Commuter rail services bring travelers from the rural and suburban fringes to the inner neighborhoods and central business districts of many large metropolitan areas in the United States (U.S.). The isolated nature of these rural and suburban commuter rail parking lots makes it difficult and expensive to secure and safely operate these transit assets. Further, as the more than two dozen commuter rail systems in the U.S. try to avoid cash payments for fares and parking fees, they must embrace consumer friendly options and mobile phone-based payment systems that are not standardized and not easily integrated into large databases for “big data” analysis. This situation makes the validation of commuter rail parking payments difficult and increases the potential for systemic fraud and abuse. Using autonomous flight modes, the sUAS can provide high resolution imagery that can document each individual vehicle parked in a specific parking space at a specific date and time. The speed at which this data can be collected is at least four times faster than current methods.
The purpose of this study was to develop, and field test a prototype of small unmanned aircraft systems (sUAS) and geospatial analytics in a “LivingLab” to enhance the safety, security, and parking revenue validation at small urban and rural commuter rail parking areas. A critical objective of this research is to use commercially available, off-the-shelf (COTS) products and services that meet the budgetary constraints of rural and suburban transit systems within existing transit technical staff resources.
Using a combination of three emerging technologies: 1) sUAS for remote sensing, 2) aerial imagery analytics, and 3) Edge of the Cloud computing based on a state-of-the-art communications infrastructure; the researchers developed a prototype approach to transit safety and security in a suburban Boston (MA) setting. The project addressed the issues of real-time transmission of drone imagery to local police in suburban areas, counting parked cars using 2D orthomosaics from drone imagery (without recording personally identifiable information), and creating solutions which are faster, cheaper and better than current transit industry approaches. The TCRP IDEA project demonstrated that the required infrastructure can be built and operated at the urban-rural fringe of a major metropolitan area using a university transit system and a regional commuter rail service as a LivingLab prototype. This prototype can be implemented locally and nationally using the U.S. DOT’s systems engineering approach that was modified by this research project.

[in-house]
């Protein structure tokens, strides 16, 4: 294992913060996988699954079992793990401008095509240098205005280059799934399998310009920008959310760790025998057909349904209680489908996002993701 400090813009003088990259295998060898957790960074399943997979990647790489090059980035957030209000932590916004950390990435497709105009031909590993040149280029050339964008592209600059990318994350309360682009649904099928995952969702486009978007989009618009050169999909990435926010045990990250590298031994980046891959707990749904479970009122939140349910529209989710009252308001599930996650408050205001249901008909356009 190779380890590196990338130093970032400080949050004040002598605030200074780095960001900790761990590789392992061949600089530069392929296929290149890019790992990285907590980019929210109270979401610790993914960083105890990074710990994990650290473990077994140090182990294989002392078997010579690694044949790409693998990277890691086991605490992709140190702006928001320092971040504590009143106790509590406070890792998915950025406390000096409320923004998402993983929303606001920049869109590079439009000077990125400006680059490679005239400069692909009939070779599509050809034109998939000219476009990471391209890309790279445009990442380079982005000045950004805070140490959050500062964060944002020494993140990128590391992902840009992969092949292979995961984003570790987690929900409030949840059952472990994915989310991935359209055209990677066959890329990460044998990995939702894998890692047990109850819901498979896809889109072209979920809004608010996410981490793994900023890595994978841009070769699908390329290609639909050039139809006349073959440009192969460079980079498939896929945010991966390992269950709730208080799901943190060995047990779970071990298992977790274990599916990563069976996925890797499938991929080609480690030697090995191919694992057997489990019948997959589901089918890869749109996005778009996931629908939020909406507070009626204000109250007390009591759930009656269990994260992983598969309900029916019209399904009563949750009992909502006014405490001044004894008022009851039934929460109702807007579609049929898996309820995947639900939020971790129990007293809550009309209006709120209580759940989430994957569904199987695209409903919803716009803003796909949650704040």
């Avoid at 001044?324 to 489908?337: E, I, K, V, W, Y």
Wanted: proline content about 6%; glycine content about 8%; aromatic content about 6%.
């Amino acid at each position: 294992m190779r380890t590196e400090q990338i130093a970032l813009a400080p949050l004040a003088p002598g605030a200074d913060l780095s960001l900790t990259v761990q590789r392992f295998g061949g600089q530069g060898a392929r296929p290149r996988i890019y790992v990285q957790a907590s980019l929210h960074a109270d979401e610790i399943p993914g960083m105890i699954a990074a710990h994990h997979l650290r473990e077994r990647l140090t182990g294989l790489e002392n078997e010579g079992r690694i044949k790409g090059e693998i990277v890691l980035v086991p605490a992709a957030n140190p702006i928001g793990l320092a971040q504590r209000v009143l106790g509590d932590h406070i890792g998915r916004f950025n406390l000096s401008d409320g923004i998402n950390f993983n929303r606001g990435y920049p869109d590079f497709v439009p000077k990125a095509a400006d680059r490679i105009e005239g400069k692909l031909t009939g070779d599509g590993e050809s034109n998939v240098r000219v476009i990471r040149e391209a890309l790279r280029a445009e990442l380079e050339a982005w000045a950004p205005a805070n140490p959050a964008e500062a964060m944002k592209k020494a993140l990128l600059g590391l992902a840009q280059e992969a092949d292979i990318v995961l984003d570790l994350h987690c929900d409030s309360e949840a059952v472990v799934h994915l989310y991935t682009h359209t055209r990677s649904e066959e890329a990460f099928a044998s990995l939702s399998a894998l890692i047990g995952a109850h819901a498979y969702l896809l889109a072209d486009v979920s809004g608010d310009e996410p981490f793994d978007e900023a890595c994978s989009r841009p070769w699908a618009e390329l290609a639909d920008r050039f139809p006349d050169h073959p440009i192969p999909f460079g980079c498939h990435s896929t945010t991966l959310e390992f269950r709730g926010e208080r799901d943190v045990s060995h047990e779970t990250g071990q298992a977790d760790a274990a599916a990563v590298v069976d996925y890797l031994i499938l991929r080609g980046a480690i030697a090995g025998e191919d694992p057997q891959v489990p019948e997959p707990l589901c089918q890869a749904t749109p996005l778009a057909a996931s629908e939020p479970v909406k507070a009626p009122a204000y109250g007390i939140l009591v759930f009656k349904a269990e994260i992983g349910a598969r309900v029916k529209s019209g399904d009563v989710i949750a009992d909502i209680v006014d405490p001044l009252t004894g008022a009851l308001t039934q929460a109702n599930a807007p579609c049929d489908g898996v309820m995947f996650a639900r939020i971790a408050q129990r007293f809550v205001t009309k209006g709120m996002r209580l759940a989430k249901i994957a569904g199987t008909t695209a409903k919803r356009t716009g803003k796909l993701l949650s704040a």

Based on interviews with transit managers, police, and trade representatives; the safety and security services that these technologies deliver is needed immediately to secure our transit systems, make their operations safer, and validate revenue collection systems.
•Federal and State agencies have continued to support research efforts at universities and their cooperating transit partners to apply innovative technology to improve transit safety and security.
•Local and regional transit agencies in Massachusetts, as partners in supporting the Bridgewater State University’s “LivingLab”, are poised to implement the results of this demonstration using the BSU communications infrastructure backbone that currently exists from Bridgewater to Boston’s Internet Hub.